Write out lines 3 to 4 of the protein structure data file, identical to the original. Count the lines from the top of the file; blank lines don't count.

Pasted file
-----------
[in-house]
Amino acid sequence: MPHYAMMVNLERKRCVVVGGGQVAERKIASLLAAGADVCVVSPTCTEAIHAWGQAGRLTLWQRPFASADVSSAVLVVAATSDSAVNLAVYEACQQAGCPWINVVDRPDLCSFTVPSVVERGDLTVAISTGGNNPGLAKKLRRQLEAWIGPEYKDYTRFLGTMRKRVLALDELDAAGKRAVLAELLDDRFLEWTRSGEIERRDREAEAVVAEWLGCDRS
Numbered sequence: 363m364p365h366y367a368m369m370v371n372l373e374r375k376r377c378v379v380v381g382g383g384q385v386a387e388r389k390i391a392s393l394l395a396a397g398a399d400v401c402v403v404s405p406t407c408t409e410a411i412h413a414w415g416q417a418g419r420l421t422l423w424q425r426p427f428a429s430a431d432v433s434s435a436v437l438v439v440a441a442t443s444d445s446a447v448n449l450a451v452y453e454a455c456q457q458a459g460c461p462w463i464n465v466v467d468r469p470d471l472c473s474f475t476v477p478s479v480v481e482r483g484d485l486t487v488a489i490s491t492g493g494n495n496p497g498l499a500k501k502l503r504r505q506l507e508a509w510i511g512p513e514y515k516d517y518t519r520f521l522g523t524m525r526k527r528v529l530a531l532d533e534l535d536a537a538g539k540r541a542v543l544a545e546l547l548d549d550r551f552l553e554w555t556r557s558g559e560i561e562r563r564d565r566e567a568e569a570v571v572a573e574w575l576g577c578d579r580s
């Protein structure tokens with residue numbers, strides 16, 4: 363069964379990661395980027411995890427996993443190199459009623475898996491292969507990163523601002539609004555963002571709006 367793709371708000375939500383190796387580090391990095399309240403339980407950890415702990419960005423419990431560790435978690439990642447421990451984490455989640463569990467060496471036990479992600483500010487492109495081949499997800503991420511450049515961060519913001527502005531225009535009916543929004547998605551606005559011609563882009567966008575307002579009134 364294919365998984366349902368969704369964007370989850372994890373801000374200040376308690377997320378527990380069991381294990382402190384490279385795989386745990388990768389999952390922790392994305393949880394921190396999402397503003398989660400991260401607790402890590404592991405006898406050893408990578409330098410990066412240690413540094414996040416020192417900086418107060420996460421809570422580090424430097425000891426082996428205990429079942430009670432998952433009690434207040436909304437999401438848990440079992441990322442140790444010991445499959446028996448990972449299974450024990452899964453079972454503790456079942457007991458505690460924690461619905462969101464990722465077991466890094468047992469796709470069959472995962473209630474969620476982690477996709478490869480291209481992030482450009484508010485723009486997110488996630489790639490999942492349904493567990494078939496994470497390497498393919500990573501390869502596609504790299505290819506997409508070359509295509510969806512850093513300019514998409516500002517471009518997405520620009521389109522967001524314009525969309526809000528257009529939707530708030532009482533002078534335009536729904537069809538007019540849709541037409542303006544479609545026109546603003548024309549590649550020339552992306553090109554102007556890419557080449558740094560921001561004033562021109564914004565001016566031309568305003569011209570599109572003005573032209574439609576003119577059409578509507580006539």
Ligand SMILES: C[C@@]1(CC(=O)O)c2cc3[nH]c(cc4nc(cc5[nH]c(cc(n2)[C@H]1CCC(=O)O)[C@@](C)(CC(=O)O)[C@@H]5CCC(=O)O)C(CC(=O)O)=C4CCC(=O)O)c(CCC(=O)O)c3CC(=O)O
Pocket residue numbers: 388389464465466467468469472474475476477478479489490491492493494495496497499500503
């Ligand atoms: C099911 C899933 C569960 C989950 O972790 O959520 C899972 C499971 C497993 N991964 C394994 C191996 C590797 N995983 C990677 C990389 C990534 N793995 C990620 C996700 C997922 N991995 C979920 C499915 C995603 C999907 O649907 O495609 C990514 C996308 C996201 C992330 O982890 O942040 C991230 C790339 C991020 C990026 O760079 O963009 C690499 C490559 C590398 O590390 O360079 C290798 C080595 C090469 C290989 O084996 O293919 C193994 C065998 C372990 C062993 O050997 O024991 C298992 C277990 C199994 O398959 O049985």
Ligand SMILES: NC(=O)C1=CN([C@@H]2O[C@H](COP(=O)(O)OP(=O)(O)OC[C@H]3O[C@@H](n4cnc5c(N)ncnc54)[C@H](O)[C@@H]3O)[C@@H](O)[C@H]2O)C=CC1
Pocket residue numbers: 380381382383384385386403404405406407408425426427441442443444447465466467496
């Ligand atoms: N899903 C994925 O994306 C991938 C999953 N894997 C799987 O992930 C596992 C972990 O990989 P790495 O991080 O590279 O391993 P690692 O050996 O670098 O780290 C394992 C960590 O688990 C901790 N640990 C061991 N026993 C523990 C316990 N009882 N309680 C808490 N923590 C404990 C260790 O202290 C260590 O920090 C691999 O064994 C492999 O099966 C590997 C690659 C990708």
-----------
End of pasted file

Numbered sequence: 363m364p365h366y367a368m369m370v371n372l373e374r375k376r377c378v379v380v381g382g383g384q385v386a387e388r389k390i391a392s393l394l395a396a397g398a399d400v401c402v403v404s405p406t407c408t409e410a411i412h413a414w415g416q417a418g419r420l421t422l423w424q425r426p427f428a429s430a431d432v433s434s435a436v437l438v439v440a441a442t443s444d445s446a447v448n449l450a451v452y453e454a455c456q457q458a459g460c461p462w463i464n465v466v467d468r469p470d471l472c473s474f475t476v477p478s479v480v481e482r483g484d485l486t487v488a489i490s491t492g493g494n495n496p497g498l499a500k501k502l503r504r505q506l507e508a509w510i511g512p513e514y515k516d517y518t519r520f521l522g523t524m525r526k527r528v529l530a531l532d533e534l535d536a537a538g539k540r541a542v543l544a545e546l547l548d549d550r551f552l553e554w555t556r557s558g559e560i561e562r563r564d565r566e567a568e569a570v571v572a573e574w575l576g577c578d579r580s
């Protein structure tokens with residue numbers, strides 16, 4: 363069964379990661395980027411995890427996993443190199459009623475898996491292969507990163523601002539609004555963002571709006 367793709371708000375939500383190796387580090391990095399309240403339980407950890415702990419960005423419990431560790435978690439990642447421990451984490455989640463569990467060496471036990479992600483500010487492109495081949499997800503991420511450049515961060519913001527502005531225009535009916543929004547998605551606005559011609563882009567966008575307002579009134 364294919365998984366349902368969704369964007370989850372994890373801000374200040376308690377997320378527990380069991381294990382402190384490279385795989386745990388990768389999952390922790392994305393949880394921190396999402397503003398989660400991260401607790402890590404592991405006898406050893408990578409330098410990066412240690413540094414996040416020192417900086418107060420996460421809570422580090424430097425000891426082996428205990429079942430009670432998952433009690434207040436909304437999401438848990440079992441990322442140790444010991445499959446028996448990972449299974450024990452899964453079972454503790456079942457007991458505690460924690461619905462969101464990722465077991466890094468047992469796709470069959472995962473209630474969620476982690477996709478490869480291209481992030482450009484508010485723009486997110488996630489790639490999942492349904493567990494078939496994470497390497498393919500990573501390869502596609504790299505290819506997409508070359509295509510969806512850093513300019514998409516500002517471009518997405520620009521389109522967001524314009525969309526809000528257009529939707530708030532009482533002078534335009536729904537069809538007019540849709541037409542303006544479609545026109546603003548024309549590649550020339552992306553090109554102007556890419557080449558740094560921001561004033562021109564914004565001016566031309568305003569011209570599109572003005573032209574439609576003119577059409578509507580006539």